Ever since the 1920s, Australia’s highest court has tended to side with Canberra when it comes to overriding the objections of states to power grabs by the Commonwealth. But yesterday’s decision by the High Court, which upheld the right of the Rudd government to pay its $900 one-off tax bonus to millions of Australians, puts the brakes on that trend. Just because Canberra politicians dress up a package of laws as being the necessary response to a crisis or emergency, that will not alone make it is constitutionally valid.
In its decision in Pape v Commonwealth, a number of the judges took issue with the idea that a national or international crisis would enable Canberra to ride roughshod over objections from state governments in funding programs. And relying statements or agreements from groups like the G20 or the IMF as justification for Canberra taking action and spending money for any purpose was also knocked on the head by the Court.
Chief Justice Robert French said the Rudd government’s tax bonus package is valid because its “executive power extends, in my opinion, to short-term fiscal measures to meet adverse economic conditions affecting the nation as a whole, where such measures are on their face peculiarly within the capacity and resources of the Commonwealth Government.” But he, and a number of his fellow judges, took issue with the view that the Commonwealth can legislate whenever it deems that the nation is facing a crisis.
Justices Ken Hayne and Susan Kiefel did not accept the argument “because there is a national economic crisis or emergency to which a national response must be made,” the Commonwealth can spend “money to meet that crisis in whatever way the Executive chooses.” “Words like ‘crisis’ or ’emergency’ do not readily yield criteria of constitutional validity,” Justices Hayne and Kiefel said.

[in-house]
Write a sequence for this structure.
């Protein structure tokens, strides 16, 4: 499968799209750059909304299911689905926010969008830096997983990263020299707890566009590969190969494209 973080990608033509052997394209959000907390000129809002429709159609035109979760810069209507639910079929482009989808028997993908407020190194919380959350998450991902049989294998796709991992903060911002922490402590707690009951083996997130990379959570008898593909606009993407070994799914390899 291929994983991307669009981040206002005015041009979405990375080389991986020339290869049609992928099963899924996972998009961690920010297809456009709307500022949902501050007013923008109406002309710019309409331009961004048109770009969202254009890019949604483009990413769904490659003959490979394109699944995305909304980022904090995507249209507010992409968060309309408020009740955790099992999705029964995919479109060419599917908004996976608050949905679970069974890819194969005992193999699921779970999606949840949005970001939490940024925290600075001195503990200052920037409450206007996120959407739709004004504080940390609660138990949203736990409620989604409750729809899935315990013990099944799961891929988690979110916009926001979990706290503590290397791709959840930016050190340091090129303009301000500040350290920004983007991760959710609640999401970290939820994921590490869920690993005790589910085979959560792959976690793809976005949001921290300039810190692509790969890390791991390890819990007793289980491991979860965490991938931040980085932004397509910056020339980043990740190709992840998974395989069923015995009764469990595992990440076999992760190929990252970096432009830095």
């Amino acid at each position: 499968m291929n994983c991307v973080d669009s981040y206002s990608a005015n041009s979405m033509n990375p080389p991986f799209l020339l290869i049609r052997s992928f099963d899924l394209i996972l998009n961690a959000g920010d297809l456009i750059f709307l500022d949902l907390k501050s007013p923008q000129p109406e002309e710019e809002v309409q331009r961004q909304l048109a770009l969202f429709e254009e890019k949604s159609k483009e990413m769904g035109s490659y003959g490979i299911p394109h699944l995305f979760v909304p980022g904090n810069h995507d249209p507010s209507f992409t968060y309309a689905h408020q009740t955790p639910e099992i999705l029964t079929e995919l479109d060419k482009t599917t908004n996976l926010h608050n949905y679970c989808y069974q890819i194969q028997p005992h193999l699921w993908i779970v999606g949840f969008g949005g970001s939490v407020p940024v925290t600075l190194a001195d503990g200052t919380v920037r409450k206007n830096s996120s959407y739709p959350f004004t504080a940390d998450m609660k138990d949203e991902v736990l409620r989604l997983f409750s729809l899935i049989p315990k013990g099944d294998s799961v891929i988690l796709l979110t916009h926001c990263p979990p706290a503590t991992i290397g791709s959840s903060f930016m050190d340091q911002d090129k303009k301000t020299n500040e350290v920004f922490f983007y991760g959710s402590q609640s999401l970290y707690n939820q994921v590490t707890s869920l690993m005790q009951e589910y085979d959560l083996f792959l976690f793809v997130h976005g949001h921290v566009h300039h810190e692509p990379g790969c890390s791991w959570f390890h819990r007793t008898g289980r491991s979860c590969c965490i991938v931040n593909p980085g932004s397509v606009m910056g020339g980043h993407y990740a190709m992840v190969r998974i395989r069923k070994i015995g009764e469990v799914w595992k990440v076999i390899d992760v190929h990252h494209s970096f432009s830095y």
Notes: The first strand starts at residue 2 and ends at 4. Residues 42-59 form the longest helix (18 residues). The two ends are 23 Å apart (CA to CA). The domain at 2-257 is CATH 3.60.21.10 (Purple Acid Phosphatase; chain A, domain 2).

It may be accepted, for the purposes of argument, both that there is shown to be a national crisis to which a national response is required and that only the Commonwealth has the administrative and financial resources to respond. It does not follow, however, that the Commonwealth’s executive power to respond to such circumstances by spending money is a power that is unbounded.
Politicians and media hype about emergencies and crises do not pass muster with this High Court when it comes to Canberra justifying the constitutional validity of its actions. Justices Hayne and Kiefel probably speak for many in the community when they write that the:
… truth is that the modern world is in part created by the way language is used. Modern linguistic usage suggests that the present age is one of “emergencies”, “crises”, “dangers” and “intense difficulties”, of “scourges” and other problems.
They relate to things as diverse as terrorism, water shortages, drug abuse, child abuse, poverty, pandemics, obesity, and global warming, as well as global financial affairs. In relation to them, the public is endlessly told, “wars” must be waged, “campaigns” conducted, “strategies” devised and “battles” fought.
Often these problems are said to arise suddenly and unexpectedly. Sections of the public constantly demand urgent action to meet particular problems. The public is continually told that it is facing “decisive” junctures, “crucial” turning points and “critical” decisions.
Even if only a very narrow power to deal with an emergency on the scale of the global financial crisis were recognised, it would not take long before constitutional lawyers and politicians between them managed to convert that power into something capable of almost daily use.
The great maxim of governments seeking to widen their constitutional powers would be: “Never allow a crisis to go to waste.”